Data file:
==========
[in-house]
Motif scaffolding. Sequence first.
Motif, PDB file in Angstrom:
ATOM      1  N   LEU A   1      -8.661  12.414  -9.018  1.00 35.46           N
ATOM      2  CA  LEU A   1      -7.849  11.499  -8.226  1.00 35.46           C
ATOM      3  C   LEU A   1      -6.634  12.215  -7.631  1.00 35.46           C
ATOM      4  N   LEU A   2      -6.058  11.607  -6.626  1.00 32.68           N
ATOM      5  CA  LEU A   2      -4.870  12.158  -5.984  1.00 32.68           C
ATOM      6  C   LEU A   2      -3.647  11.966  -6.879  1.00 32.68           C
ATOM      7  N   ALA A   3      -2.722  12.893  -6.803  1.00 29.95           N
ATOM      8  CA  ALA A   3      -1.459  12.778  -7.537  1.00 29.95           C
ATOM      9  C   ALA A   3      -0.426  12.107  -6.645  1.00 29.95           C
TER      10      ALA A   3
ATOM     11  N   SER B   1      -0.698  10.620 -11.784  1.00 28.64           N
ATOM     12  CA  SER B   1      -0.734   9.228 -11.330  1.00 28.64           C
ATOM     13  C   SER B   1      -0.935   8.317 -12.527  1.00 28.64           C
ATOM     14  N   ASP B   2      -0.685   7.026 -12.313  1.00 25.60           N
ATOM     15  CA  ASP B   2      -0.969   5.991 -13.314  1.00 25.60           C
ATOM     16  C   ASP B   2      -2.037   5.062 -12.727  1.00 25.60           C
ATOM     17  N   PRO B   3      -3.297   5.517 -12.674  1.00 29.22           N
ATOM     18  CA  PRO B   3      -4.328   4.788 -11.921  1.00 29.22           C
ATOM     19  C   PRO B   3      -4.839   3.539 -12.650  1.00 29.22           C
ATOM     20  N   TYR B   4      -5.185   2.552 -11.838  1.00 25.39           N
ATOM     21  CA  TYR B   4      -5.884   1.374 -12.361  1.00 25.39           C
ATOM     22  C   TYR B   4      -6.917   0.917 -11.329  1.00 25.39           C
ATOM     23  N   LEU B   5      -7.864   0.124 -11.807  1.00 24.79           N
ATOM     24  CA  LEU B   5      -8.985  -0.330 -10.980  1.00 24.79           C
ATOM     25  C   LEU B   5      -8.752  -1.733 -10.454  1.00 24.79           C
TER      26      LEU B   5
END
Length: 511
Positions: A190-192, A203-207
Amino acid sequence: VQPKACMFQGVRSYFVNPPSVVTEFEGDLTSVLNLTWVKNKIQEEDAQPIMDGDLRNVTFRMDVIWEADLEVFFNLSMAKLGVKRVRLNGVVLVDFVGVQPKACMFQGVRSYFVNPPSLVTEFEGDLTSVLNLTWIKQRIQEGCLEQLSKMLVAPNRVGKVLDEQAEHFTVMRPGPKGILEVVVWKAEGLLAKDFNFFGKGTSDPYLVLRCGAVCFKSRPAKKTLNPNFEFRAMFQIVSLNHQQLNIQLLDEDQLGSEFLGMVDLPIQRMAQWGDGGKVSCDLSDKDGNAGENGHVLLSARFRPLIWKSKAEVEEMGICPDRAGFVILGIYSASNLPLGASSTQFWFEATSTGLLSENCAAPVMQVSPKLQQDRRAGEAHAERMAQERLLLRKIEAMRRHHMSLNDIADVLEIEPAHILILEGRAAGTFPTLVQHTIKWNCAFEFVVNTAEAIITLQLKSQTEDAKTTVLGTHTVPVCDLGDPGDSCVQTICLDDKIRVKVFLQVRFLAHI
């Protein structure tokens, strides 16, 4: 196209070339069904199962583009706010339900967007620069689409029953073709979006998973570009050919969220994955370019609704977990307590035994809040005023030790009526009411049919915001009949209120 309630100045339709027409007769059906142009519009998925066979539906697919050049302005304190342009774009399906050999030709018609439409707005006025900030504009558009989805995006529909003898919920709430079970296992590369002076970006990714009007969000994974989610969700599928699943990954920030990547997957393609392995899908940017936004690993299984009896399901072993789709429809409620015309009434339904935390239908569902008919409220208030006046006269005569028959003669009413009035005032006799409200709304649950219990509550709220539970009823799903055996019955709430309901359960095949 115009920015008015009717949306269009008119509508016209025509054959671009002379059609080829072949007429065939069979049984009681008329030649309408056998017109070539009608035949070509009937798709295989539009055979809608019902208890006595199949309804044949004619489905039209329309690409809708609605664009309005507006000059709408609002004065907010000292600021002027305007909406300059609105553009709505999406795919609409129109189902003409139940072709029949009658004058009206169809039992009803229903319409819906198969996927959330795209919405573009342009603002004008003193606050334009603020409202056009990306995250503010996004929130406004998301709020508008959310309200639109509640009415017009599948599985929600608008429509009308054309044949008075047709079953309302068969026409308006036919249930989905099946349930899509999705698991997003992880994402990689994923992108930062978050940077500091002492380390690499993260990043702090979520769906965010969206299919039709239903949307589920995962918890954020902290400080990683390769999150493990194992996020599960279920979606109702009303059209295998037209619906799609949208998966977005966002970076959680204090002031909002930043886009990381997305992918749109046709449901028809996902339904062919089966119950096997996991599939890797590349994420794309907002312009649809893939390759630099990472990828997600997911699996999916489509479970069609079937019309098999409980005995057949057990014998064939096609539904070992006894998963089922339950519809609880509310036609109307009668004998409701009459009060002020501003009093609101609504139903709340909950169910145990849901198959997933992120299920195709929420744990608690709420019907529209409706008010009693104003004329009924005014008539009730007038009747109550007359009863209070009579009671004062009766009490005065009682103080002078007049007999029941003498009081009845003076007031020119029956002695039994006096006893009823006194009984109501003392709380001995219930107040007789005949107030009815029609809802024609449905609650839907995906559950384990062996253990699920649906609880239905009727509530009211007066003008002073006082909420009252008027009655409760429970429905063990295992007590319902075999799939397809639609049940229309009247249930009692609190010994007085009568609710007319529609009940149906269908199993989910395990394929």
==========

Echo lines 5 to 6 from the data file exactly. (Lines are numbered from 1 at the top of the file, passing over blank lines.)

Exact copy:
ATOM      2  CA  LEU A   1      -7.849  11.499  -8.226  1.00 35.46           C
ATOM      3  C   LEU A   1      -6.634  12.215  -7.631  1.00 35.46           C